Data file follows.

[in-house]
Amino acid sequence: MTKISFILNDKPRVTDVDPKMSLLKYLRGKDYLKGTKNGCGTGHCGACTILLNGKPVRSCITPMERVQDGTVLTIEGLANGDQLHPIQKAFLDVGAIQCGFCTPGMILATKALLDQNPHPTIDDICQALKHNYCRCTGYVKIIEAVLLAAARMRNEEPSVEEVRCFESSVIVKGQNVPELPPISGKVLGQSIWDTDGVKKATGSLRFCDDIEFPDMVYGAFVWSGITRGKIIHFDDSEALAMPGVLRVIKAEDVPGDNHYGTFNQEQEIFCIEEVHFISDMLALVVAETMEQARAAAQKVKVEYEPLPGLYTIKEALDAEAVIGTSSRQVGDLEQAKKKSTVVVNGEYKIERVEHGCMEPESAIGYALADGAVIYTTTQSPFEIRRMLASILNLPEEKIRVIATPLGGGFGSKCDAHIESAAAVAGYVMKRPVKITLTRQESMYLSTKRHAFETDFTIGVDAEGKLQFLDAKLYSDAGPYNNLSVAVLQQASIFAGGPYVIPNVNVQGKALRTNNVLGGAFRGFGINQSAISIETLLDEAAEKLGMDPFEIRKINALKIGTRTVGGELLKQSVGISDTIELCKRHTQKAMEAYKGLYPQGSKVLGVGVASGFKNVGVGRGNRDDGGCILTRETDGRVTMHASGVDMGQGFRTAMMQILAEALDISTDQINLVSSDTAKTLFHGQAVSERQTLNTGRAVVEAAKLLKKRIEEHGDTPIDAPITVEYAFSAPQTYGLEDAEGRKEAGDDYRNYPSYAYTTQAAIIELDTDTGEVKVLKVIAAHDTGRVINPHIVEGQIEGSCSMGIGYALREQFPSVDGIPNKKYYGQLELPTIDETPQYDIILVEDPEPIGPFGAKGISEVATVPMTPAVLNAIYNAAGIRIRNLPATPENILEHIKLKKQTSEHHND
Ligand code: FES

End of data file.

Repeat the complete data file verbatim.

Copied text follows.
[in-house]
Amino acid sequence: MTKISFILNDKPRVTDVDPKMSLLKYLRGKDYLKGTKNGCGTGHCGACTILLNGKPVRSCITPMERVQDGTVLTIEGLANGDQLHPIQKAFLDVGAIQCGFCTPGMILATKALLDQNPHPTIDDICQALKHNYCRCTGYVKIIEAVLLAAARMRNEEPSVEEVRCFESSVIVKGQNVPELPPISGKVLGQSIWDTDGVKKATGSLRFCDDIEFPDMVYGAFVWSGITRGKIIHFDDSEALAMPGVLRVIKAEDVPGDNHYGTFNQEQEIFCIEEVHFISDMLALVVAETMEQARAAAQKVKVEYEPLPGLYTIKEALDAEAVIGTSSRQVGDLEQAKKKSTVVVNGEYKIERVEHGCMEPESAIGYALADGAVIYTTTQSPFEIRRMLASILNLPEEKIRVIATPLGGGFGSKCDAHIESAAAVAGYVMKRPVKITLTRQESMYLSTKRHAFETDFTIGVDAEGKLQFLDAKLYSDAGPYNNLSVAVLQQASIFAGGPYVIPNVNVQGKALRTNNVLGGAFRGFGINQSAISIETLLDEAAEKLGMDPFEIRKINALKIGTRTVGGELLKQSVGISDTIELCKRHTQKAMEAYKGLYPQGSKVLGVGVASGFKNVGVGRGNRDDGGCILTRETDGRVTMHASGVDMGQGFRTAMMQILAEALDISTDQINLVSSDTAKTLFHGQAVSERQTLNTGRAVVEAAKLLKKRIEEHGDTPIDAPITVEYAFSAPQTYGLEDAEGRKEAGDDYRNYPSYAYTTQAAIIELDTDTGEVKVLKVIAAHDTGRVINPHIVEGQIEGSCSMGIGYALREQFPSVDGIPNKKYYGQLELPTIDETPQYDIILVEDPEPIGPFGAKGISEVATVPMTPAVLNAIYNAAGIRIRNLPATPENILEHIKLKKQTSEHHND
Ligand code: FES